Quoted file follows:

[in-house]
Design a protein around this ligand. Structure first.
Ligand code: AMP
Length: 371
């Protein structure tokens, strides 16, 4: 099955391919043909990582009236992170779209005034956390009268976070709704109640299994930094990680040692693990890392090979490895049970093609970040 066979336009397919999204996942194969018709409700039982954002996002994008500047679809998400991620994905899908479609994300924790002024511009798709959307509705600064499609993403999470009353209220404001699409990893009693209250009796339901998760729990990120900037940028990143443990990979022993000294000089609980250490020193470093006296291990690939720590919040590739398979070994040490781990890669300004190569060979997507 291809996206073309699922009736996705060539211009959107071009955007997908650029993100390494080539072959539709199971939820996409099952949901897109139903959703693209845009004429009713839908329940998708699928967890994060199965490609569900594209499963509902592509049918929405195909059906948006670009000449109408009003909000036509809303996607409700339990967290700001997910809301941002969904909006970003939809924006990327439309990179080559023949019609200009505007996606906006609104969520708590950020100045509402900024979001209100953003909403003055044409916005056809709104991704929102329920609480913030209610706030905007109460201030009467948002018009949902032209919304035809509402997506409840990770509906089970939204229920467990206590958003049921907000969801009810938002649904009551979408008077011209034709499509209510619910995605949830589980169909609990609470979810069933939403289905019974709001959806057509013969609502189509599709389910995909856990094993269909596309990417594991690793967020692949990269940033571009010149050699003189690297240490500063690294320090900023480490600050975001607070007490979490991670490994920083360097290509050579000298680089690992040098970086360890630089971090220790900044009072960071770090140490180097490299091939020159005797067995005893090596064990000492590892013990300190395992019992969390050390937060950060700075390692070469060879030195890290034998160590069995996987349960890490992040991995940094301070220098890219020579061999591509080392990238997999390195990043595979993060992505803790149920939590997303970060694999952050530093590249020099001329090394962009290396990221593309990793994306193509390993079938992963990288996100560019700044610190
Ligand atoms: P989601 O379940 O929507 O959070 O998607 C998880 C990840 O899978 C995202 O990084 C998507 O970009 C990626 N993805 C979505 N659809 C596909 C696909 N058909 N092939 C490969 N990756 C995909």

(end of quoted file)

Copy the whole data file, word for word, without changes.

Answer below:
[in-house]
Design a protein around this ligand. Structure first.
Ligand code: AMP
Length: 371
């Protein structure tokens, strides 16, 4: 099955391919043909990582009236992170779209005034956390009268976070709704109640299994930094990680040692693990890392090979490895049970093609970040 066979336009397919999204996942194969018709409700039982954002996002994008500047679809998400991620994905899908479609994300924790002024511009798709959307509705600064499609993403999470009353209220404001699409990893009693209250009796339901998760729990990120900037940028990143443990990979022993000294000089609980250490020193470093006296291990690939720590919040590739398979070994040490781990890669300004190569060979997507 291809996206073309699922009736996705060539211009959107071009955007997908650029993100390494080539072959539709199971939820996409099952949901897109139903959703693209845009004429009713839908329940998708699928967890994060199965490609569900594209499963509902592509049918929405195909059906948006670009000449109408009003909000036509809303996607409700339990967290700001997910809301941002969904909006970003939809924006990327439309990179080559023949019609200009505007996606906006609104969520708590950020100045509402900024979001209100953003909403003055044409916005056809709104991704929102329920609480913030209610706030905007109460201030009467948002018009949902032209919304035809509402997506409840990770509906089970939204229920467990206590958003049921907000969801009810938002649904009551979408008077011209034709499509209510619910995605949830589980169909609990609470979810069933939403289905019974709001959806057509013969609502189509599709389910995909856990094993269909596309990417594991690793967020692949990269940033571009010149050699003189690297240490500063690294320090900023480490600050975001607070007490979490991670490994920083360097290509050579000298680089690992040098970086360890630089971090220790900044009072960071770090140490180097490299091939020159005797067995005893090596064990000492590892013990300190395992019992969390050390937060950060700075390692070469060879030195890290034998160590069995996987349960890490992040991995940094301070220098890219020579061999591509080392990238997999390195990043595979993060992505803790149920939590997303970060694999952050530093590249020099001329090394962009290396990221593309990793994306193509390993079938992963990288996100560019700044610190
Ligand atoms: P989601 O379940 O929507 O959070 O998607 C998880 C990840 O899978 C995202 O990084 C998507 O970009 C990626 N993805 C979505 N659809 C596909 C696909 N058909 N092939 C490969 N990756 C995909």